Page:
An interpretative phenomenological analysis of eating behaviours and mealtimes experiences of young people with Tourette syndrome

Sandra-Eve Bamigbade, Samantha Rogers, Wendy Wills, Amanda Ludlow

Research output: Contribution to journalArticlepeer-review

Abstract

Little is known about how young people with Tourette Syndrome (TS) perceive their own eating behaviours and subsequent effects on their mealtimes. Six adolescents aged 12 -14 years with a self-reported clinical diagnosis of TS took part in semi-structured interviews. Interpretative Phenomenological Analysis of the transcribed interviews revealed central experiences of mealtime challenges in relation to their tics. Tics were described as creating functional mealtime challenges, often interrupting their ability to eat, drink and be seated. While sensory-based food preferences were noted, including the need for food to be plated a certain way, these preferences were not viewed as being problematic. Adolescents taking Aripiprazole reported dissatisfaction with the appetite stimulating side effects and subsequent weight gain. Eating out-of-home was found to be especially challenging, with some of the young people reporting feeling self-conscious and stigmatised when eating out-of-home, including at friends’ houses. There is a need for clinical guidance around eating and mealtimes, to meet the specific need of young people with TS and their families. Support from clinicians could entail monitoring changes in eating patterns resulting from tics and/or from side effects of medication, as well as in helping young people to manage any discomfort associated with eating out.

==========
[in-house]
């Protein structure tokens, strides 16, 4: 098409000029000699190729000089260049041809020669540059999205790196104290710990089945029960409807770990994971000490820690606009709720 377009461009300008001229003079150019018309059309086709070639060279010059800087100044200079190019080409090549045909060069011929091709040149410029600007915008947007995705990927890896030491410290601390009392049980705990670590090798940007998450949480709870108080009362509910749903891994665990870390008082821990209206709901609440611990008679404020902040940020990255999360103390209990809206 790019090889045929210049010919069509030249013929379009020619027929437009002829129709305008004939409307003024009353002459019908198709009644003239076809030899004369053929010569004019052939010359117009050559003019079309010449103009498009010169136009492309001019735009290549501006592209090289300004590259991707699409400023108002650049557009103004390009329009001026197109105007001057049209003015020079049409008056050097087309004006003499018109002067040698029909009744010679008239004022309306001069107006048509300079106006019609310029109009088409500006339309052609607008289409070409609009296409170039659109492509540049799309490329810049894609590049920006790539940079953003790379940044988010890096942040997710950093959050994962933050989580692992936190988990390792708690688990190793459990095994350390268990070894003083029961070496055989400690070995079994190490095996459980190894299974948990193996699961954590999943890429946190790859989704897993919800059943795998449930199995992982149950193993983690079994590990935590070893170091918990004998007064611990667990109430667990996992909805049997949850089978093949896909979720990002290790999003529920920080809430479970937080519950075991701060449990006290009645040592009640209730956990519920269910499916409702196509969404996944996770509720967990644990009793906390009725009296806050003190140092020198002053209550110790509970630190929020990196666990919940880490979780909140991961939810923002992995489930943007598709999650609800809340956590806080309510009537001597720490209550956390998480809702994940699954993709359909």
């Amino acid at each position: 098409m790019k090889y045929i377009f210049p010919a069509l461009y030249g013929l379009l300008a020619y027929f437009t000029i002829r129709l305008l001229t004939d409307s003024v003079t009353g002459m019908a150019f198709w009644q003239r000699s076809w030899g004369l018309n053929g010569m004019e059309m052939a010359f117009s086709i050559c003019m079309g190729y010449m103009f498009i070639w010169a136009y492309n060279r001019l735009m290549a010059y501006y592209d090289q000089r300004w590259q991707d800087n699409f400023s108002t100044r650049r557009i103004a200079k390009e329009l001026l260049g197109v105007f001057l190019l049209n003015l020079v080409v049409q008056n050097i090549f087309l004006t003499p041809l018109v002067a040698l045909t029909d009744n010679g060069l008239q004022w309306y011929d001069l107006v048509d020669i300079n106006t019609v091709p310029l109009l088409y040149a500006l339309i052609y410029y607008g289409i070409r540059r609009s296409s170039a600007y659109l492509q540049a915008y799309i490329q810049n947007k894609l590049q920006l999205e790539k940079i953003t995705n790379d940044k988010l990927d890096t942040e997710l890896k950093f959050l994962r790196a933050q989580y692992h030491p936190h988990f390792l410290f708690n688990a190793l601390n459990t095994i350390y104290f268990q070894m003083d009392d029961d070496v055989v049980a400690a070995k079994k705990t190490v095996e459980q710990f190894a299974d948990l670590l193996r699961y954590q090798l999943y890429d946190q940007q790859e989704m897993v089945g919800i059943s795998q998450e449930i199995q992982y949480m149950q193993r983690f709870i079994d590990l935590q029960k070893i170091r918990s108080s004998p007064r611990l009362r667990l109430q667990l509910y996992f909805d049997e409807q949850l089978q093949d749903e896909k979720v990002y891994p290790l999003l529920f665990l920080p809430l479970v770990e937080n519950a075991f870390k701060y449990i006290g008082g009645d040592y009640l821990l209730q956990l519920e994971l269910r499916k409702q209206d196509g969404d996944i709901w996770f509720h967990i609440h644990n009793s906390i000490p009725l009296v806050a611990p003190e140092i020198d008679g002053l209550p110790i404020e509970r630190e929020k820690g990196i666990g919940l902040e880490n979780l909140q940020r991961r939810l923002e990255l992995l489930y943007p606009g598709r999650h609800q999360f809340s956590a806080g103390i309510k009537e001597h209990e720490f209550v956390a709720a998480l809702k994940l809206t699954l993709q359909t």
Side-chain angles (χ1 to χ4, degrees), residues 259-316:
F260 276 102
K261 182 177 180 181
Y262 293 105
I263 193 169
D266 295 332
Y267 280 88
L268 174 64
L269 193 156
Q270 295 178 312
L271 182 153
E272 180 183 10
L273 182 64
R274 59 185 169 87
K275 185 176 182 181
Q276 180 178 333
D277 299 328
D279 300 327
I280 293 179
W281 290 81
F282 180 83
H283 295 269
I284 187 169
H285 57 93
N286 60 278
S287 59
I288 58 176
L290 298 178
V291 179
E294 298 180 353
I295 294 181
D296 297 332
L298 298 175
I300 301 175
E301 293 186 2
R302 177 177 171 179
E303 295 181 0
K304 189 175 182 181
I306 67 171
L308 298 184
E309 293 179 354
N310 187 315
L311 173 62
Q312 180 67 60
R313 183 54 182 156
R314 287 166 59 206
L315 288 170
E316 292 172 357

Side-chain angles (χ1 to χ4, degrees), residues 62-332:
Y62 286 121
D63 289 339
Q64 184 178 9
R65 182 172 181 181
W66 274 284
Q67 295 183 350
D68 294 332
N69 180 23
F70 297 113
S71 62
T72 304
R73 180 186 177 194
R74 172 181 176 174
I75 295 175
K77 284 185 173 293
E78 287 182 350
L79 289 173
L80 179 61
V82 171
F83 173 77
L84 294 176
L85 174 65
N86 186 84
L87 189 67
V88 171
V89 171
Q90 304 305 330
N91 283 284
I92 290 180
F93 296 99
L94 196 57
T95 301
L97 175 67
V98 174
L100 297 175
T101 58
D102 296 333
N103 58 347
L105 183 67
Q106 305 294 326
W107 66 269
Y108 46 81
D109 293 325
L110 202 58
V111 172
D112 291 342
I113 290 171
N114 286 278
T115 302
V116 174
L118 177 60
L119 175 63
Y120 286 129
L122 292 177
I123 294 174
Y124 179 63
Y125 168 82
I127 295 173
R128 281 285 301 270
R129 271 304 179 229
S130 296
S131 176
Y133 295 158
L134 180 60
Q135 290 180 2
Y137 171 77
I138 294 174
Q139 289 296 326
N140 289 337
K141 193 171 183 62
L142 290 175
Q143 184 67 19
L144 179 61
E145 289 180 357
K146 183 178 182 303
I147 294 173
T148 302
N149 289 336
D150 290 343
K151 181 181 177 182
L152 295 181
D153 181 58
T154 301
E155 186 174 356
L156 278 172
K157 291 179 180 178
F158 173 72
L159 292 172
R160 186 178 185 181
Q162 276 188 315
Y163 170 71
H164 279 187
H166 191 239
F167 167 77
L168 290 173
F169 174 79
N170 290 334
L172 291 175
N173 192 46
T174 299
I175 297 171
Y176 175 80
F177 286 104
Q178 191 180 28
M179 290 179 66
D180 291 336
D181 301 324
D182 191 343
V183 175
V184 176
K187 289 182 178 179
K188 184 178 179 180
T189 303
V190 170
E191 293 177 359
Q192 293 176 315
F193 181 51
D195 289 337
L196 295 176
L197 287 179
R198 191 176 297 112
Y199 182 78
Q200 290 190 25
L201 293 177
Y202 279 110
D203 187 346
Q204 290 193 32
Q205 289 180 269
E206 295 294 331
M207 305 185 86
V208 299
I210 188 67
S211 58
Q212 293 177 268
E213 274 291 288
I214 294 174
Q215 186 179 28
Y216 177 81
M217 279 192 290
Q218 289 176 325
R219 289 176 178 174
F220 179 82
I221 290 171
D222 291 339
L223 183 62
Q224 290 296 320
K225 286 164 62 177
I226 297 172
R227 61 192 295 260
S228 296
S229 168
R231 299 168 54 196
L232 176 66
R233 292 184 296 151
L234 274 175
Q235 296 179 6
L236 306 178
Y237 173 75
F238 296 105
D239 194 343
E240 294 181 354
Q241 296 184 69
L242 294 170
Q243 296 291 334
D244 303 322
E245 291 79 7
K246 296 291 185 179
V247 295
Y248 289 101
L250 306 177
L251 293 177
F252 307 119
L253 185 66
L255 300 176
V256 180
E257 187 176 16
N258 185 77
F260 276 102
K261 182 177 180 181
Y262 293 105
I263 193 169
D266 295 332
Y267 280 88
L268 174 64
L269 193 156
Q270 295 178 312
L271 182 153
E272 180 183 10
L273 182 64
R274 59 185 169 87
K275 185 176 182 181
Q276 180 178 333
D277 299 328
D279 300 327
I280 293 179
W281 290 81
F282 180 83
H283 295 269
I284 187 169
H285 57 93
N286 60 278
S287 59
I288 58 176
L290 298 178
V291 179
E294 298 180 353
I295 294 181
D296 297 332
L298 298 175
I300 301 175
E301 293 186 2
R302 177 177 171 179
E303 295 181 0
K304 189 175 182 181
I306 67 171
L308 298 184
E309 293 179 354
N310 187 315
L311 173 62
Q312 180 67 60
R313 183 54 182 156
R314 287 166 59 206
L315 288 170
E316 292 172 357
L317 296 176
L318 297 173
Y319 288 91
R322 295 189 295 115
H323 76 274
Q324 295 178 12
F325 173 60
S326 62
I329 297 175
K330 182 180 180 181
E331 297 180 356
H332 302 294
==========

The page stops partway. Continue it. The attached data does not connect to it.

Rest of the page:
Original languageEnglish
JournalFood, Culture & Society
Publication statusPublished - 24 Apr 2024

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